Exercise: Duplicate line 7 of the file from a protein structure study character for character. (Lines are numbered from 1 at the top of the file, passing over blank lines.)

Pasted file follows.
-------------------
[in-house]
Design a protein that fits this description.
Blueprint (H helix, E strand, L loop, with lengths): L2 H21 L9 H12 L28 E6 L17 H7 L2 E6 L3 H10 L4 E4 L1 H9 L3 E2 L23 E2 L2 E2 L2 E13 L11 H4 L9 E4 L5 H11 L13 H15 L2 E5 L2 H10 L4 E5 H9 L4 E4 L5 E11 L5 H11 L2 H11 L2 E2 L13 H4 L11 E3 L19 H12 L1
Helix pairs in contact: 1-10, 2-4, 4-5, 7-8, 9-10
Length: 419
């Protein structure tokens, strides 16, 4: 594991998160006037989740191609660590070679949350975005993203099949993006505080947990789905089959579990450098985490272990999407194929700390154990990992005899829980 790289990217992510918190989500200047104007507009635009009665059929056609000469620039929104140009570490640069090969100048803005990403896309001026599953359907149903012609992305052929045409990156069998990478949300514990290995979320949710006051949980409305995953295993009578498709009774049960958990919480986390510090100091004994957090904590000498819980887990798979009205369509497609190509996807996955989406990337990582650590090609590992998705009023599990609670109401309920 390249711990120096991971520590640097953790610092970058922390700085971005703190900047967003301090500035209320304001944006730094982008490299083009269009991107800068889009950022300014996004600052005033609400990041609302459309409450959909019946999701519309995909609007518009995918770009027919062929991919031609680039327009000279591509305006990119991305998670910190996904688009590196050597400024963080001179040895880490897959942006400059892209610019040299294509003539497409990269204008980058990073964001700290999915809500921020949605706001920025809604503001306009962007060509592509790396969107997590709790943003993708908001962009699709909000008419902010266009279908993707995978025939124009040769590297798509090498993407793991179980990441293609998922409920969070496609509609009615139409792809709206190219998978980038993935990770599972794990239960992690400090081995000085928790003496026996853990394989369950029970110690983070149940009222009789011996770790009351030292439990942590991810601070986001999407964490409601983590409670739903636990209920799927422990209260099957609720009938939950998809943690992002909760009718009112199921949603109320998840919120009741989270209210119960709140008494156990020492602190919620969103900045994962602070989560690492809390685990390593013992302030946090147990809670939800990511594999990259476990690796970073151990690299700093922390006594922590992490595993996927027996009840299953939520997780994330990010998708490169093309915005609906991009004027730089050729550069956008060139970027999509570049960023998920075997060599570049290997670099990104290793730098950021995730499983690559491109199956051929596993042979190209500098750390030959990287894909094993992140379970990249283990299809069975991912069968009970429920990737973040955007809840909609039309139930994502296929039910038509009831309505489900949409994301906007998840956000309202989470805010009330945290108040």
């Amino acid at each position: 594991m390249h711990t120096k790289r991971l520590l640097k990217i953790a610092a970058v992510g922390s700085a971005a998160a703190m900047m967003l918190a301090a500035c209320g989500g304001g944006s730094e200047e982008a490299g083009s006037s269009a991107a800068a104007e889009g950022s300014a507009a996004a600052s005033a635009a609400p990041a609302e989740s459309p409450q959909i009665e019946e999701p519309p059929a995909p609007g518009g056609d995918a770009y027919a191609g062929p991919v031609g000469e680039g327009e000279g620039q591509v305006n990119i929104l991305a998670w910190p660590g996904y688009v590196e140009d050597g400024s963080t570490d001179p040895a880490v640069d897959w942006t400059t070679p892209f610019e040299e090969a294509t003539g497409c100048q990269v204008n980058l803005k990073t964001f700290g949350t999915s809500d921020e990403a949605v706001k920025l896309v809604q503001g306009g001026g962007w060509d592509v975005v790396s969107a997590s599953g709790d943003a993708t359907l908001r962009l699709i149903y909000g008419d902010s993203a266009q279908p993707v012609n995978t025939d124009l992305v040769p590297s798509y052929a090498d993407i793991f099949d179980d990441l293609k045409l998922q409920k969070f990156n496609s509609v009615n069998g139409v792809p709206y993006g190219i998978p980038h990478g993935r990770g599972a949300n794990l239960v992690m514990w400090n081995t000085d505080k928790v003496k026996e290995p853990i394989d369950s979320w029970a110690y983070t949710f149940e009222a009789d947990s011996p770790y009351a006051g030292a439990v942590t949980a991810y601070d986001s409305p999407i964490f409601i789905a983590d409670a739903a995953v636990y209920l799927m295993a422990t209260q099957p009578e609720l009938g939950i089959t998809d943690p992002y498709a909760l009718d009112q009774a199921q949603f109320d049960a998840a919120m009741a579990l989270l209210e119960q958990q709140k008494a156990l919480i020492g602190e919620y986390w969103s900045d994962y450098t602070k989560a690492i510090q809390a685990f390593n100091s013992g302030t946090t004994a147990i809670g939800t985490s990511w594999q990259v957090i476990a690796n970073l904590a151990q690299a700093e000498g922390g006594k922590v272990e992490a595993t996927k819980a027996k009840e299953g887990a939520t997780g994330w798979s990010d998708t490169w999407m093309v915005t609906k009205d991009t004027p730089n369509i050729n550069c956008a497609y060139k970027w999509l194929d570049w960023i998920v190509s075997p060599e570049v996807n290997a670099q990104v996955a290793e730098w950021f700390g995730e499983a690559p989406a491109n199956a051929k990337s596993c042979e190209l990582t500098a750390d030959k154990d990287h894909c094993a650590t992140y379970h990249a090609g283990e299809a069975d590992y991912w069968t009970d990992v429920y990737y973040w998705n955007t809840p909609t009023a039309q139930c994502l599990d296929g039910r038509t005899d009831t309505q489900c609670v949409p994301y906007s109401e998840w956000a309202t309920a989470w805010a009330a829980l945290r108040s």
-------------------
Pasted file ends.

């Amino acid at each position: 594991m390249h711990t120096k790289r991971l520590l640097k990217i953790a610092a970058v992510g922390s700085a971005a998160a703190m900047m967003l918190a301090a500035c209320g989500g304001g944006s730094e200047e982008a490299g083009s006037s269009a991107a800068a104007e889009g950022s300014a507009a996004a600052s005033a635009a609400p990041a609302e989740s459309p409450q959909i009665e019946e999701p519309p059929a995909p609007g518009g056609d995918a770009y027919a191609g062929p991919v031609g000469e680039g327009e000279g620039q591509v305006n990119i929104l991305a998670w910190p660590g996904y688009v590196e140009d050597g400024s963080t570490d001179p040895a880490v640069d897959w942006t400059t070679p892209f610019e040299e090969a294509t003539g497409c100048q990269v204008n980058l803005k990073t964001f700290g949350t999915s809500d921020e990403a949605v706001k920025l896309v809604q503001g306009g001026g962007w060509d592509v975005v790396s969107a997590s599953g709790d943003a993708t359907l908001r962009l699709i149903y909000g008419d902010s993203a266009q279908p993707v012609n995978t025939d124009l992305v040769p590297s798509y052929a090498d993407i793991f099949d179980d990441l293609k045409l998922q409920k969070f990156n496609s509609v009615n069998g139409v792809p709206y993006g190219i998978p980038h990478g993935r990770g599972a949300n794990l239960v992690m514990w400090n081995t000085d505080k928790v003496k026996e290995p853990i394989d369950s979320w029970a110690y983070t949710f149940e009222a009789d947990s011996p770790y009351a006051g030292a439990v942590t949980a991810y601070d986001s409305p999407i964490f409601i789905a983590d409670a739903a995953v636990y209920l799927m295993a422990t209260q099957p009578e609720l009938g939950i089959t998809d943690p992002y498709a909760l009718d009112q009774a199921q949603f109320d049960a998840a919120m009741a579990l989270l209210e119960q958990q709140k008494a156990l919480i020492g602190e919620y986390w969103s900045d994962y450098t602070k989560a690492i510090q809390a685990f390593n100091s013992g302030t946090t004994a147990i809670g939800t985490s990511w594999q990259v957090i476990a690796n970073l904590a151990q690299a700093e000498g922390g006594k922590v272990e992490a595993t996927k819980a027996k009840e299953g887990a939520t997780g994330w798979s990010d998708t490169w999407m093309v915005t609906k009205d991009t004027p730089n369509i050729n550069c956008a497609y060139k970027w999509l194929d570049w960023i998920v190509s075997p060599e570049v996807n290997a670099q990104v996955a290793e730098w950021f700390g995730e499983a690559p989406a491109n199956a051929k990337s596993c042979e190209l990582t500098a750390d030959k154990d990287h894909c094993a650590t992140y379970h990249a090609g283990e299809a069975d590992y991912w069968t009970d990992v429920y990737y973040w998705n955007t809840p909609t009023a039309q139930c994502l599990d296929g039910r038509t005899d009831t309505q489900c609670v949409p994301y906007s109401e998840w956000a309202t309920a989470w805010a009330a829980l945290r108040s």